Three percent of patients hospitalized in Pennsylvania in fiscal 2014 were "super-utilizers" - people admitted five or more times in a year, according to a new report from the Pennsylvania Health Care Cost Containment Council.

Those 21,308 people accounted for 11 percent of total admissions and 14 percent of hospital days. The report estimated that super-utilizers were responsible for $545 million - 14 percent - of Medicare payments for inpatient stays and $216 million - 17 percent - of Medicaid payments in 2012.

While the report made no attempt to gauge how many of those hospitalizations could have been prevented with better outpatient care, the assumption is that some could have been, said Joe Martin, executive director of the agency, known as PHC4.

The idea that a small subset of patients drives a disproportionate amount of cost is a "hot topic," Martin said. He said he hoped the data would help inform efforts to improve care. "It can further the dialogue and action about how to make sure patients get the right care at the right time in the right setting so that quality and cost-efficiencies are maximized," he wrote via e-mail.

Insurers have been changing how they pay health providers to reward them for keeping people healthy. They also have begun to penalize hospitals when patients are readmitted too soon. As a result, many hospitals are trying to prevent readmissions.

Martin said he did not know if those efforts had reduced the number of super-utilizers.

Statewide, the top reasons that super-utilizers were hospitalized were heart failure, blood infections, and mental-health disorders. The groups most likely to need frequent hospitalizations were people 75 and older, blacks, and residents of poor neighborhoods.

Pennsylvania had an average of 21.2 super-utilizers per 10,000 residents. Philadelphia had the state's highest rate, 33.2 per 10,000. Suburban counties had half to two-thirds of Philadelphia's rate.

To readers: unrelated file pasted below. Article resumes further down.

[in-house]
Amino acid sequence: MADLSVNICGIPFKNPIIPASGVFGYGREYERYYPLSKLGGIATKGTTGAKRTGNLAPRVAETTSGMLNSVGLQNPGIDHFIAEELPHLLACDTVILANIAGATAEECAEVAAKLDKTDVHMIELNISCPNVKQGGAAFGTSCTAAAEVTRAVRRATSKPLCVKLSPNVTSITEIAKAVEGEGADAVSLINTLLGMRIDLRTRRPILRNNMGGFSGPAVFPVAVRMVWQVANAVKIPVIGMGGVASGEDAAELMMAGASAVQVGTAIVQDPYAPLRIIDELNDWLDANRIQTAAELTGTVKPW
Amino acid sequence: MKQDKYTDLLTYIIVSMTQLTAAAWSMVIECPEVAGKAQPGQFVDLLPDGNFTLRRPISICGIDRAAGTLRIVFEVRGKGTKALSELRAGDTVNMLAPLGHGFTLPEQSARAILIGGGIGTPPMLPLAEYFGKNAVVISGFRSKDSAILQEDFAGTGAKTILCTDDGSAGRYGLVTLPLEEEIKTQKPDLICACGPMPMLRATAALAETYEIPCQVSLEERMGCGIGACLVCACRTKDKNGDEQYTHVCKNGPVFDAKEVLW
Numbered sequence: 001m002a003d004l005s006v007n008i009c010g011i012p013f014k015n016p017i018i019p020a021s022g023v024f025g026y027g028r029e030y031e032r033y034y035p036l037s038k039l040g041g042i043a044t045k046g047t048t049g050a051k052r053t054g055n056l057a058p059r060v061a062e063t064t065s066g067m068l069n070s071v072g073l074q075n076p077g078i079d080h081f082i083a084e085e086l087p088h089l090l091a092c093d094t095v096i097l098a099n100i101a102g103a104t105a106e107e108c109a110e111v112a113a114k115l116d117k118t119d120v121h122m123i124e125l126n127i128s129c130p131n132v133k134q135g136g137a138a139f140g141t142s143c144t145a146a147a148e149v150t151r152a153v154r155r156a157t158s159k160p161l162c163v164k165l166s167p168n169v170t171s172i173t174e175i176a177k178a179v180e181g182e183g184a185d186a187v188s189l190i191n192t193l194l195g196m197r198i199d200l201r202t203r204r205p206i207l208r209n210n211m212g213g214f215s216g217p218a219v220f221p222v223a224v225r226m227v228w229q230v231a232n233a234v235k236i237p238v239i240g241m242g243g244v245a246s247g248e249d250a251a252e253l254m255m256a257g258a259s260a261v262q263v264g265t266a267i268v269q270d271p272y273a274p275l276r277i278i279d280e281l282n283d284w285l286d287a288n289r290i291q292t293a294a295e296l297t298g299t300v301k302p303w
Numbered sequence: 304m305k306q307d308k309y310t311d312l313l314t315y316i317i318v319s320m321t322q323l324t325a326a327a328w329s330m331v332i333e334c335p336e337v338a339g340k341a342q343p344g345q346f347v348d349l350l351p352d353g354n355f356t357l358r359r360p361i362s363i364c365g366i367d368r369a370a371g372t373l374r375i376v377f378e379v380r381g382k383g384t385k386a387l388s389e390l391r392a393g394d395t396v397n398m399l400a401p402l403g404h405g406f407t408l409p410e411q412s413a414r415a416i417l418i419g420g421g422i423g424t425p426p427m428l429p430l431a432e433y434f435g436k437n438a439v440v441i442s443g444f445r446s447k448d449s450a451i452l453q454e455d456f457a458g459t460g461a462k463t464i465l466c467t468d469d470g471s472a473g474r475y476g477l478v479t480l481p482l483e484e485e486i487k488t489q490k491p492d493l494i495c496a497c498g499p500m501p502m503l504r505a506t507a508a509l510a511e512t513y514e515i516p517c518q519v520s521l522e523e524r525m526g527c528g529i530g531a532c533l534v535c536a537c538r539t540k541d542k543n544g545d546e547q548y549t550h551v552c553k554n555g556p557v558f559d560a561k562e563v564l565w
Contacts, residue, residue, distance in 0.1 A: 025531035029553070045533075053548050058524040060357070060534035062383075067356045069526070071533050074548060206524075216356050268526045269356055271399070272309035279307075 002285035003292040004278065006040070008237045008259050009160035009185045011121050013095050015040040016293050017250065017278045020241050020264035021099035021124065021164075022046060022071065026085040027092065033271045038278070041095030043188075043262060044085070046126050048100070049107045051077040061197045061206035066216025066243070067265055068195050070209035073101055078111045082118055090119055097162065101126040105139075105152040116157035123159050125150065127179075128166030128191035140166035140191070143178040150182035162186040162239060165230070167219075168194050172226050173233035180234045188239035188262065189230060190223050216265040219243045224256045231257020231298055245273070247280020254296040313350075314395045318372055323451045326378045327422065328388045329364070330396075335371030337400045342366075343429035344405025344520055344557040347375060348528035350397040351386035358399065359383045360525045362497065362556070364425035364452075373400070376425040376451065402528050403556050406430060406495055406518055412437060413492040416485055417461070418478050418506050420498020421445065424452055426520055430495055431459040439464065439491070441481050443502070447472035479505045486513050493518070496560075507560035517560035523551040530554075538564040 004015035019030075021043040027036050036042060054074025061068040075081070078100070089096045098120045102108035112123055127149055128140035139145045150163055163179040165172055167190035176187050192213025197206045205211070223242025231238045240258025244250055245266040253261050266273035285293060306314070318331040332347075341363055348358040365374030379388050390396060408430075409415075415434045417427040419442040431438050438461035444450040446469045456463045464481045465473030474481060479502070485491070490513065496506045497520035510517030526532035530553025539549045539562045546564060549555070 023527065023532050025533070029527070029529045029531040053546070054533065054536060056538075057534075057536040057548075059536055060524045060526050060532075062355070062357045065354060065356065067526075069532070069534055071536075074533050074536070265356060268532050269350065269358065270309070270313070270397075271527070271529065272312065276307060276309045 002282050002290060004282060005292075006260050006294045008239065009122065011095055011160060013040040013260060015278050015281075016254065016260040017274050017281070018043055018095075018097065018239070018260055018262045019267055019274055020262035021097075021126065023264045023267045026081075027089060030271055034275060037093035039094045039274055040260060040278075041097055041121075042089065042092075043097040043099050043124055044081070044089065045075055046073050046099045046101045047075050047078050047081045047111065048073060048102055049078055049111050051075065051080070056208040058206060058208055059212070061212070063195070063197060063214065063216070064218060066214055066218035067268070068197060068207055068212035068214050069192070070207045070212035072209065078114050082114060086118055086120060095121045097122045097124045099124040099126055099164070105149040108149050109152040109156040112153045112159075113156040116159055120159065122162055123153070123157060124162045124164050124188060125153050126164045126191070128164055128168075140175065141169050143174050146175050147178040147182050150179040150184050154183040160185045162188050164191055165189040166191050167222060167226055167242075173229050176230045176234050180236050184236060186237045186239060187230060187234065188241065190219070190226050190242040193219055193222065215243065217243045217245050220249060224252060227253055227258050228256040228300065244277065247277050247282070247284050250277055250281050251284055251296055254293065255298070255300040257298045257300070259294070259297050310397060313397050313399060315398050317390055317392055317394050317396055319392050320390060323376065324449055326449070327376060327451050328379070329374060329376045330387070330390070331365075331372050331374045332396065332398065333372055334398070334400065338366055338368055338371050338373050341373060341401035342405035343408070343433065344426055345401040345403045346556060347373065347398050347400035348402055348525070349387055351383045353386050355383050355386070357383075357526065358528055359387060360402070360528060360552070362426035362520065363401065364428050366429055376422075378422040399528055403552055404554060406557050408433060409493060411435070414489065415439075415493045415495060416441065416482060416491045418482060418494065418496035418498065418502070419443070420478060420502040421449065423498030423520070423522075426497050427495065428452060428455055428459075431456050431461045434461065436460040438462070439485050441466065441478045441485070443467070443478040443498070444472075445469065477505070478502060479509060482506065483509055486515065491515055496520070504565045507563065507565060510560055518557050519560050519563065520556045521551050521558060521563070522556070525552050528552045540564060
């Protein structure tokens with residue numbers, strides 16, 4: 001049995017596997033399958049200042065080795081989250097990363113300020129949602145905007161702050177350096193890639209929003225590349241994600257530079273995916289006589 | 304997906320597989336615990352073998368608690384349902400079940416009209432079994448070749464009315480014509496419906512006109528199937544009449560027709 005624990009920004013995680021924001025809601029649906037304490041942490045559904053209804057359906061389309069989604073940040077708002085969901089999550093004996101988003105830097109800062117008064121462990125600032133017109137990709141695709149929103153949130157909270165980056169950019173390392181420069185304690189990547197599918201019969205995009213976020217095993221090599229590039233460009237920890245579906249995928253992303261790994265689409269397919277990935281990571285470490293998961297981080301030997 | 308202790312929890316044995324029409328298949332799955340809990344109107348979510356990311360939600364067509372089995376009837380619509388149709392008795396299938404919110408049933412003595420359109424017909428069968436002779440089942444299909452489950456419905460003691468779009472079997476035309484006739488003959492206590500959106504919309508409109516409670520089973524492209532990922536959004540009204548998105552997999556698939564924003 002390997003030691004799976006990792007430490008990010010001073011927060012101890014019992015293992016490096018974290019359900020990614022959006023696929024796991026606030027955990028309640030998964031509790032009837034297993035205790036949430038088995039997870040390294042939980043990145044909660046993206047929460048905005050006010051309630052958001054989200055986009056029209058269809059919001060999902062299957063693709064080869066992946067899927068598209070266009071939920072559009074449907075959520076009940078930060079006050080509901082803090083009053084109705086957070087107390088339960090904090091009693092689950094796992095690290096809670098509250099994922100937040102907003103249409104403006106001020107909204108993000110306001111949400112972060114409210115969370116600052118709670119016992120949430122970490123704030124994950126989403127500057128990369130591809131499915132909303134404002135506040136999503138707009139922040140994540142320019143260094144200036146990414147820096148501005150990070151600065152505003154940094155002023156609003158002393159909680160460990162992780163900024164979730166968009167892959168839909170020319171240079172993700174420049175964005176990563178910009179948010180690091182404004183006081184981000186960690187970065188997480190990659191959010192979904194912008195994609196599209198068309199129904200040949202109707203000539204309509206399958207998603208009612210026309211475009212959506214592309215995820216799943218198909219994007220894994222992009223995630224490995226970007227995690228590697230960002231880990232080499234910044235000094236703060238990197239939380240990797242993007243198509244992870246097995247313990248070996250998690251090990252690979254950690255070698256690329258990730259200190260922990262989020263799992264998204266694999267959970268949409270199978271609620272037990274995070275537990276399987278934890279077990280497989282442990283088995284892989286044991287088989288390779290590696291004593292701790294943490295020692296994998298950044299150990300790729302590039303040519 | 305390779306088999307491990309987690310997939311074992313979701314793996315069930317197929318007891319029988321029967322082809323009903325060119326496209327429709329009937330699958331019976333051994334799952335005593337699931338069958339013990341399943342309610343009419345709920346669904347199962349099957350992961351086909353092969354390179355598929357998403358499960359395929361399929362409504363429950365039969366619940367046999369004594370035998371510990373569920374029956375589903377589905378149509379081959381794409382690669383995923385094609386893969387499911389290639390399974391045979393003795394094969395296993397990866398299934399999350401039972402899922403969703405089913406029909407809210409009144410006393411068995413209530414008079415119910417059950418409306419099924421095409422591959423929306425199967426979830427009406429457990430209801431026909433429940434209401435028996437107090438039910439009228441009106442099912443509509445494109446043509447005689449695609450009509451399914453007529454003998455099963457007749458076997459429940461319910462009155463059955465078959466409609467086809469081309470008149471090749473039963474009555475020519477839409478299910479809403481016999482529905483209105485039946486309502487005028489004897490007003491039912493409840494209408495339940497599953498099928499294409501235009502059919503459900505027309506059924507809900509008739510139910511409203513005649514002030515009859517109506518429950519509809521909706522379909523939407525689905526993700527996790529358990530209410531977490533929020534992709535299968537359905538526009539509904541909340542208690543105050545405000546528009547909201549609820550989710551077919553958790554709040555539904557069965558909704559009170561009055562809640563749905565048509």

Michael Consuelos, senior vice president of clinical integration for the Hospital and Healthsystem Association of Pennsylvania, a hospital trade group, said the report was "no surprise for us folks who work in the quality improvement arena."

He said super-utilizers were often people with complex needs and limited access to primary and specialty care. The degree to which behavioral health was a factor was one of the more striking aspects of the report, he said. That illustrated the need to address the "social determinants of health" - issues like poverty - and better coordination of mental and physical care.

Consuelos said some health systems were experimenting with putting mental-health and medical providers in the same office.

He said he wanted to see how the super-utilizer statistics changed over time. This first report, he said, "lays the groundwork for us to shift our focus from volume to value."

Barry Jacobs, a psychologist involved with Crozer-Keystone Health System's efforts to reduce overutilization, said people with serious mental illnesses often smoke and may have medical problems related to their medications. The psychological problems may reduce their ability to manage their medical illnesses.

The system is currently focusing on frail elderly patients with two admissions within six months or three emergency-room visits in a year. Its small program, funded by Independence Blue Cross, appeared to reduce admissions 30 percent last year. It is now expanding.

In this population, improving care may involve helping patients afford their medicine or live in safer housing, Jacobs said.

"These patients are not being well served by the health system," said William Warning, program director of the Crozer-Keystone family medicine residency program, home of the super-utilizer programs.

Where Are the 'Super-Utilizers'?

There were 21.2 "super-utilizers" - patients admitted to the hospital five or more times a year - for every 10,000 Pennsylvania residents in 2014.

The rate varies widely by county, perhaps due to age, race, and poverty:

Bucks . . . 18.2

Chester . . . 15.3

Delaware . . . 22.2

Montgomery . . . 15.7

Philadelphia . . . 33.2

SOURCE: Pennsylvania Health Care Cost Containment Council (

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